JERUSALEM – At least two people were dead and 12 injured Thursday following an explosion at a Tel Aviv (search) money changer's shop, Israeli police reported, rocking a nation already on edge over daily warnings about planned attacks by Palestinian militants.
The cause of the blast may be criminal, and not a terrorist attack, Israeli police said. Reports circulated that Israel's top mafia crime boss, Ze'ev Rosenstein (search), was seen rushing away from the scene after the explosion occurred around 12:30 p.m. in a crowded business district during lunchtime.
"We're treating it less as a terrorist attack and more as a criminal attack," said Israeli police spokesman Gil Kleiman. "It means that instead of looking for Palestinians, we'll be looking for Israelis."
The blast went off as Rosenstein entered the money changer's shop, witnesses said. Rosenstein's lawyer confirmed his client was present at the scene and was wounded.
Rosenstein was recently released from police interrogation. He had been taken into custody after a hit man reportedly claimed Rosenstein had ordered hits on some of his rivals. Police later said Rosenstein's accuser was lying and released Rosenstein.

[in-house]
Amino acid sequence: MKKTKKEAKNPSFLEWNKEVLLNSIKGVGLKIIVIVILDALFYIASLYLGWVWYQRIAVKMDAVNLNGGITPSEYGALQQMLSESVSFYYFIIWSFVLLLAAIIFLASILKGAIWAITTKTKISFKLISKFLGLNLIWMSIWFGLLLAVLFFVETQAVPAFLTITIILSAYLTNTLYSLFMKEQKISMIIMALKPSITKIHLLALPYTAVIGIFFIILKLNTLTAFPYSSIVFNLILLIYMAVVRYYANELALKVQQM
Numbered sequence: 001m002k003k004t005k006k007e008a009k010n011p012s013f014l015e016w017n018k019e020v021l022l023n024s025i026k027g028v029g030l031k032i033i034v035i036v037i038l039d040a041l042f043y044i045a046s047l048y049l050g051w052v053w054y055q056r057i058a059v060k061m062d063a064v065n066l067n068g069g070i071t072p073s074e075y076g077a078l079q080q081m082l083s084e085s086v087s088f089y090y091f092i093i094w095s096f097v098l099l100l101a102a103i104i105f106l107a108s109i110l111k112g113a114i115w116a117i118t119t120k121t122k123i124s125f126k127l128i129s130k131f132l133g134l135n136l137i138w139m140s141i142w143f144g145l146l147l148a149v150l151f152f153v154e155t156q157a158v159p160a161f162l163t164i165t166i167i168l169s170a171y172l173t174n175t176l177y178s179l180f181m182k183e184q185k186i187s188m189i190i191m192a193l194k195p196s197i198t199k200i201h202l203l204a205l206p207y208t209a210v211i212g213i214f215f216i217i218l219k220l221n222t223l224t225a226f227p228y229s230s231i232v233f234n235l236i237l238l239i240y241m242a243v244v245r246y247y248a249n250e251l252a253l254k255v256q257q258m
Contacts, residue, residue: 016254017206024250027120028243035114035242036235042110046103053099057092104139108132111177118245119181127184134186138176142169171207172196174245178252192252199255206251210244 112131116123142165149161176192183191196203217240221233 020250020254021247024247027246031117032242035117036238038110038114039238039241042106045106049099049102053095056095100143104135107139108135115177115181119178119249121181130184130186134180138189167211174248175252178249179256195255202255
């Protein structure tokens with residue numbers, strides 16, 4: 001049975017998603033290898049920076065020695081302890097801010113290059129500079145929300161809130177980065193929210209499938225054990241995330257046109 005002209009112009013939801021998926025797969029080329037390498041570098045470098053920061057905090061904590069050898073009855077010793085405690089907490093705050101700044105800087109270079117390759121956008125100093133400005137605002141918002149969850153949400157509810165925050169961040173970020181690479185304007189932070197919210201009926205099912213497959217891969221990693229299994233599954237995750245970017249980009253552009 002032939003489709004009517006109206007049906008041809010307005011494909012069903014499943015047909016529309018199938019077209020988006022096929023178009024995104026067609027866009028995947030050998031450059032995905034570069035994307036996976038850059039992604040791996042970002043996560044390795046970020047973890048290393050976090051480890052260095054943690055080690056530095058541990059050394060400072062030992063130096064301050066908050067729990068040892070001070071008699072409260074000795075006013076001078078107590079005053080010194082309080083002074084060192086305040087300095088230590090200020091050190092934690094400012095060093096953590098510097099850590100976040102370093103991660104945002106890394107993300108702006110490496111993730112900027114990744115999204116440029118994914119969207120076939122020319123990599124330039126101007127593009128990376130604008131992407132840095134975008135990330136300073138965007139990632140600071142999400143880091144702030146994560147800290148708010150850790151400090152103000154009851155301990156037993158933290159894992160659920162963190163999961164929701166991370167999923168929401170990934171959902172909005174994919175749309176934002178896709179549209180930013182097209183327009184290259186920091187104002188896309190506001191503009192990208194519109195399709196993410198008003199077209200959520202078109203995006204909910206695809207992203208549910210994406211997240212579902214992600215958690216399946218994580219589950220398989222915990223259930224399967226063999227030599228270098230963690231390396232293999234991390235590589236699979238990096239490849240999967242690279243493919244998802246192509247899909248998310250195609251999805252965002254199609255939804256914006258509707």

After the blast, cars on both sides of the road were damaged.
"I was next to it, the whole window blew out," an unnamed eye witness told Israel Radio.
Among crowds gathered at the site of the blast, some people said they were relieved to learn the bomb appeared to have been a criminal hit, not a terrorist attack. Some stood around laughing and chatting.
An elderly woman called out from an apartment window to a friend below, "It's just criminal."
The explosion, if a bombing, would be the first major attack on Israeli civilians since the bombing of a restaurant in the northern Israeli city of Haifa (search) in October, which killed 21 people.
The Associated Press contributed to this report.